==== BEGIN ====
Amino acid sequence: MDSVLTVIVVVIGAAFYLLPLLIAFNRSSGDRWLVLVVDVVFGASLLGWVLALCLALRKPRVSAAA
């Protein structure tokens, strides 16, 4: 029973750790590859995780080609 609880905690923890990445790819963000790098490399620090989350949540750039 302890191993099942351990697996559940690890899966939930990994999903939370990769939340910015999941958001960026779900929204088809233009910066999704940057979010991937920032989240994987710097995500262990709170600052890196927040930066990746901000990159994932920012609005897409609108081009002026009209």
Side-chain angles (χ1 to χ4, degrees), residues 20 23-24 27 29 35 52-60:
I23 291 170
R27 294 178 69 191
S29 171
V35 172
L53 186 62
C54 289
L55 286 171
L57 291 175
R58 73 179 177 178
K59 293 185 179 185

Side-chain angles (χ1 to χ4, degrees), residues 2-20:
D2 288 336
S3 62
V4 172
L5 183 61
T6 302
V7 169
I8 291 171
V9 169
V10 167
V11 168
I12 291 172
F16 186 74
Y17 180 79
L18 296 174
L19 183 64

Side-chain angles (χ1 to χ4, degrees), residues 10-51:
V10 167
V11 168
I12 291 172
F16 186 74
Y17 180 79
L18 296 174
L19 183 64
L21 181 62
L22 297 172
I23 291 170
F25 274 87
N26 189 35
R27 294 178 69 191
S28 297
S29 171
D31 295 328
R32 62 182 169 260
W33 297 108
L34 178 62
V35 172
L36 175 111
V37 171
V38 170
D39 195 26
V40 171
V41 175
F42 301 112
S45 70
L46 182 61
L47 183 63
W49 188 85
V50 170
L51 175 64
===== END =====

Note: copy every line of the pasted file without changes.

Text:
Amino acid sequence: MDSVLTVIVVVIGAAFYLLPLLIAFNRSSGDRWLVLVVDVVFGASLLGWVLALCLALRKPRVSAAA
């Protein structure tokens, strides 16, 4: 029973750790590859995780080609 609880905690923890990445790819963000790098490399620090989350949540750039 302890191993099942351990697996559940690890899966939930990994999903939370990769939340910015999941958001960026779900929204088809233009910066999704940057979010991937920032989240994987710097995500262990709170600052890196927040930066990746901000990159994932920012609005897409609108081009002026009209």
Side-chain angles (χ1 to χ4, degrees), residues 20 23-24 27 29 35 52-60:
I23 291 170
R27 294 178 69 191
S29 171
V35 172
L53 186 62
C54 289
L55 286 171
L57 291 175
R58 73 179 177 178
K59 293 185 179 185

Side-chain angles (χ1 to χ4, degrees), residues 2-20:
D2 288 336
S3 62
V4 172
L5 183 61
T6 302
V7 169
I8 291 171
V9 169
V10 167
V11 168
I12 291 172
F16 186 74
Y17 180 79
L18 296 174
L19 183 64

Side-chain angles (χ1 to χ4, degrees), residues 10-51:
V10 167
V11 168
I12 291 172
F16 186 74
Y17 180 79
L18 296 174
L19 183 64
L21 181 62
L22 297 172
I23 291 170
F25 274 87
N26 189 35
R27 294 178 69 191
S28 297
S29 171
D31 295 328
R32 62 182 169 260
W33 297 108
L34 178 62
V35 172
L36 175 111
V37 171
V38 170
D39 195 26
V40 171
V41 175
F42 301 112
S45 70
L46 182 61
L47 183 63
W49 188 85
V50 170
L51 175 64